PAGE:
The Vitruvian scroll frieze and elegant yet rigorous lines of this table à la grecque exemplify the revival for the nascent neoclassicism of the 1760s. What is yet perhaps the most interesting feature on the present example is the successful mélange - characteristic for the Restauration - of stylistic elements from the Louis XIV period, such as the powerful legs en gaine and masks of Heraclitus, so recurrent in André-Charles Boulle's oeuvre with the avant-garde motifs à la grecque.
THE GOÛT GREC
The first experimental items of furniture in the goût grec were conceived and produced as early as around 1754-1756 with the celebrated bureau plat executed for the connoisseur Ange-Laurent Lalive de Jully, probably by Joseph Baumhauer (died 1772) and Philippe Caffiéri (1714-1774) to the designs of Louis-Joseph Le Lorrain (1714-1759), now in the Musée Condé at Chantilly (S. Eriksen, Early neo-classicism in France, London, 1974, figs. 85-89). The celebrated suite of furniture supplied for the Parisian hôtel of the financier Lalive de Jully furthermore included a set of four meubles d'appui, of which one was sold by the Marquess of Cholmondeley, 'Works of Art from Houghton', Christie's, London, 8 December 1994, lot 80.
Such a novel, unparalleled and unprecedented vogue rapidly gained popularity as evidenced by the notorious quote from the Baron de Grimm in 1763: 'tout se fait aujourd'hui à la grecque' (Ibid., p. 264). In the field of furniture, too, the style had spread outside the sphere of a rarefied group of avant-garde patrons and collectors. One of the earliest recorded examples of goût grec furniture produced in lighter woods, and on a somewhat less enormous scale, concerns the purchase in the years 1763-1765 by George William, 6th Earl of Coventry; within the group of items Coventry purchased from the celebrated marchand-mercier Simon-Philippe Poirier was a fantastic commode by Roger Vandercruse, dit Lacroix (sold Christie's, New York, 2 November 2000, lot 264).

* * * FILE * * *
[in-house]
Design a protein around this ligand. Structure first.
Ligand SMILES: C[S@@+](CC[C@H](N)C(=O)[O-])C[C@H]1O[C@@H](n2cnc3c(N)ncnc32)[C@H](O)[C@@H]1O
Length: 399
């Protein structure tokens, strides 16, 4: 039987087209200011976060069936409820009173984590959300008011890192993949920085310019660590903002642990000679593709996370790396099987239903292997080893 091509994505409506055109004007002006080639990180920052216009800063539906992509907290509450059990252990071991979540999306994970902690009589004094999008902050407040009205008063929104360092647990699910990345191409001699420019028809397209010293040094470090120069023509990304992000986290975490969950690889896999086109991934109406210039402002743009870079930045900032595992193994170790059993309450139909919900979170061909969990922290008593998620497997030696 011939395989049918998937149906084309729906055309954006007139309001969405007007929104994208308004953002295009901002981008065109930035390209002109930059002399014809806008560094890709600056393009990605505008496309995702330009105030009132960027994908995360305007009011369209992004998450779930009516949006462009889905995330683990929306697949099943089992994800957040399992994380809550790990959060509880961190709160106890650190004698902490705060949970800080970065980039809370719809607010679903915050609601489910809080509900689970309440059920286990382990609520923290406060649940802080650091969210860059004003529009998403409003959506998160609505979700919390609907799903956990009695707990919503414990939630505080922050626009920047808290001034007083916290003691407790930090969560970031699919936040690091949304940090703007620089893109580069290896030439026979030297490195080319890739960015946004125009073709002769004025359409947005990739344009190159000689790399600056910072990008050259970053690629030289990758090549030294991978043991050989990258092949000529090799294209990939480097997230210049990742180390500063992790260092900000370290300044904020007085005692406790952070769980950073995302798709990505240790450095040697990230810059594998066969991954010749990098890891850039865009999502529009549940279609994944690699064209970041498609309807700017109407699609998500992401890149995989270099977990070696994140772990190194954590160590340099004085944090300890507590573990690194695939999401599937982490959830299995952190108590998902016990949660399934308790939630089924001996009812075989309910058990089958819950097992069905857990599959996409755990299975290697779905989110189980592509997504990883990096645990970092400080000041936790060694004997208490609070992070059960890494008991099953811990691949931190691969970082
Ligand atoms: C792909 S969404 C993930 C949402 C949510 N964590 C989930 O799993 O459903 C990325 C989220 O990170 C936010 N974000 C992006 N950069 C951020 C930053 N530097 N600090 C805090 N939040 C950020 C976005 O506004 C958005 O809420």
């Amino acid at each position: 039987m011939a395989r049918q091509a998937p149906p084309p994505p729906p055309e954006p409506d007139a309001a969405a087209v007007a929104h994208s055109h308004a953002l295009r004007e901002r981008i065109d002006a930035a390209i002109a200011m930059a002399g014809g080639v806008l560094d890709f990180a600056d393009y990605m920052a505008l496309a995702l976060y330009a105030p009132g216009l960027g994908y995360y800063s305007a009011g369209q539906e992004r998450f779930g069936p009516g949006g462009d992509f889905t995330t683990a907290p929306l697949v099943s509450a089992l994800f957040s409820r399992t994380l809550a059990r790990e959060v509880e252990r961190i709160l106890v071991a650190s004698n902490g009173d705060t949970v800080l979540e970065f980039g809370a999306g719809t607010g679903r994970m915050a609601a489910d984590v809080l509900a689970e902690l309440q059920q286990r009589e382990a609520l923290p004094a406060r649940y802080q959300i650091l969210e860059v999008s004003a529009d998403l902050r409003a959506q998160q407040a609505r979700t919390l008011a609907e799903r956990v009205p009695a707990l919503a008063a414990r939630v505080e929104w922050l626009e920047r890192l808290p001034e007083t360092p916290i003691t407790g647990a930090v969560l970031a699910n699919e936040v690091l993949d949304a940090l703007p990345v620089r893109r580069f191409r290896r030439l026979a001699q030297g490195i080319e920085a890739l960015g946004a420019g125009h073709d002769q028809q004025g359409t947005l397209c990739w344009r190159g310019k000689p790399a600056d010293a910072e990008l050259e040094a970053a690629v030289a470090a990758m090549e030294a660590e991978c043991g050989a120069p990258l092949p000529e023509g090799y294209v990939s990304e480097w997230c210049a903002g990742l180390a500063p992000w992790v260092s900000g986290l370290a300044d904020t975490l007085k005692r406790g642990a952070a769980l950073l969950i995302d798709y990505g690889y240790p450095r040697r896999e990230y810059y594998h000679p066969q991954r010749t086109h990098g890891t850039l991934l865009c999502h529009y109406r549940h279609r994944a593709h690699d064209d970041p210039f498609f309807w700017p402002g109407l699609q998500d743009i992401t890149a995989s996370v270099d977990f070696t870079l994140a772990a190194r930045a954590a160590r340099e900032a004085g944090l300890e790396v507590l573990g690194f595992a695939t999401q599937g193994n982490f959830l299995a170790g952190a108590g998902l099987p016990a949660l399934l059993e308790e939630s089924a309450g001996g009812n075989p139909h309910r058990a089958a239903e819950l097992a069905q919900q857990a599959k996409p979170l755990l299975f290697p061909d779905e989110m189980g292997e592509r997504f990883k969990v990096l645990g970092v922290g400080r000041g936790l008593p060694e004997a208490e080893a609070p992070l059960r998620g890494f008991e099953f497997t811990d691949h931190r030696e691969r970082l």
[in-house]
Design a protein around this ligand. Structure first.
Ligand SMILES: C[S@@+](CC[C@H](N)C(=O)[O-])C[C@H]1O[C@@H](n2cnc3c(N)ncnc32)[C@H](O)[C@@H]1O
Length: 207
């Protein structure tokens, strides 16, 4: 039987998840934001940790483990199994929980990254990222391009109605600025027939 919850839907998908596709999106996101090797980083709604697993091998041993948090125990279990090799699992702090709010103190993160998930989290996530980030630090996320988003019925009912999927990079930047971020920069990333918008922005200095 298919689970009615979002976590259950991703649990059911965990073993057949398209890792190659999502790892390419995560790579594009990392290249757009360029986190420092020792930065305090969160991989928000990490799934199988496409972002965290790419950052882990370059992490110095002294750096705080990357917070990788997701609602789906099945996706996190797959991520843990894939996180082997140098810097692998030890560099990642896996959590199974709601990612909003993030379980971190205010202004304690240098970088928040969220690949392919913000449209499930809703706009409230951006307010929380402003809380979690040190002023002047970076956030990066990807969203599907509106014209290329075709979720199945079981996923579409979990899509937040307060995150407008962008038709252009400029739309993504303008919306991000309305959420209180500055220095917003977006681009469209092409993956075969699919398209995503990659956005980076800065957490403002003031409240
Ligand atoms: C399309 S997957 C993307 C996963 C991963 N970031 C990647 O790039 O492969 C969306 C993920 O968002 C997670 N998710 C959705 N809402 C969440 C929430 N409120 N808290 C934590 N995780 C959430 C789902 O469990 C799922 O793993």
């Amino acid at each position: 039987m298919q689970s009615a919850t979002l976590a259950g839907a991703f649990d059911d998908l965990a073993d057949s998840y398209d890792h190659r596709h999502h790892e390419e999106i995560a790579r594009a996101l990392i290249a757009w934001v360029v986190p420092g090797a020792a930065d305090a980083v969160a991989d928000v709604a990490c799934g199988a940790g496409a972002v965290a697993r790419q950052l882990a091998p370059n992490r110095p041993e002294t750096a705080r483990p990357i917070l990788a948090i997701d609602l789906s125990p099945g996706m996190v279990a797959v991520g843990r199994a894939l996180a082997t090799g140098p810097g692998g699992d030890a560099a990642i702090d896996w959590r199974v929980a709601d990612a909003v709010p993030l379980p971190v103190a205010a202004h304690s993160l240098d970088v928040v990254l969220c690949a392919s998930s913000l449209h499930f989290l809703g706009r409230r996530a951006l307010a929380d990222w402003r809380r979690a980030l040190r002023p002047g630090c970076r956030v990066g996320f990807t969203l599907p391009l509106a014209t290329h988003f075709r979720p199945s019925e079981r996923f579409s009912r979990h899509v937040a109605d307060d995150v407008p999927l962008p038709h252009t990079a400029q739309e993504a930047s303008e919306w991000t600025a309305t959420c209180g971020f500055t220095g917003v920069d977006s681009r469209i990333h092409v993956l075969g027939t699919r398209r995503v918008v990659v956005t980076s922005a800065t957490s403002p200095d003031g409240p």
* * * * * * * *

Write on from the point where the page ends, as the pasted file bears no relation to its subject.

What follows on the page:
The same rigorous combination of mounts à la grecque on an ebony ground can be found on a bureau plat stamped by Claude Montigny (maître in 1766) and illustrated in F.J.B. Watson, Louis XVI Furniture, London, 1973, fig. 111, while a further related example executed by Guillaume Beneman (maître in 1785) and branded with the mark of the château de Saint-Cloud was formerly in the Schloss Museum, Berlin and is illustrated Ibid., fig. 107.
BOULLE AND HERACLITUS
The mask of Heraclitus which centres the frieze of the present centre table is recurrent in the oeuvre of André-Charles Boulle (1642-1732), 'ébéniste du Roi' from 1672.
Known as 'le philosophe qui pleure' as often represented weeping, the mask of Heraclitus is generally portrayed paired with that of the smiling Democritus, known as 'le philosophe qui rit', on many pieces by the foremost ébéniste. Indeed, as J.-P. Samoyault reveals, models for 'masques d'Héraclite et de Démocrite' were listed in the inventory of Boulle's possessions drawn up after his death in 1732 (J.-P. Samoyault, André-Charles Boulle et sa famille, Genève 1979, p. 138, no. 21):
'une boite contenant les masques d'Heraclite et de Democrite de diffirentes grandeaurs ciselis pesant ensemble 18 livres'
Boulle's répertoire of bronzes was indeed largely inspired both by classical mythology (namely Ovid's Metamorphoses) but also by such themes as The Four Seasons, The Stoic and Epicurian Philosophy with masks of Heraclitus as featured here and Democritus being often featured on his furniture (see A. Pradère, French Furniture Makers, Paris, 1989, p. 90-1, fig. 48).
Virtually identical period masks of the laurel-crowned Heraclitus can be found on a Louis XIV bureau plat attributed to Boulle, formerly in the collection of Adelbert Wellington, 3rd Earl Brownlow, Ashridge Park, Hertfordshire, until sold Christie's, London, 3 May 1923, lot 91 (to Touzain), and subsequently in the Wildenstein Collection until sold 'The Wildenstein Collection', Christie's, London, 14-15 December 2005, lot 15. The same mask of Heraclitus appears on a Régence regulateur, also formerly in the Wildenstein Collection until sold Christie's, London, 14-15 December 2005, lot 12. Further such masks appear on bureaux plats sold respectively, 'Le Pavillon Chougny, A Private Collection', Christie's, London, 9-10 December 2004, lot 337, and 'The Property from the Collection of Lord and Lady White of Hull', Christie's, New York, 30 April 1007, lot 239.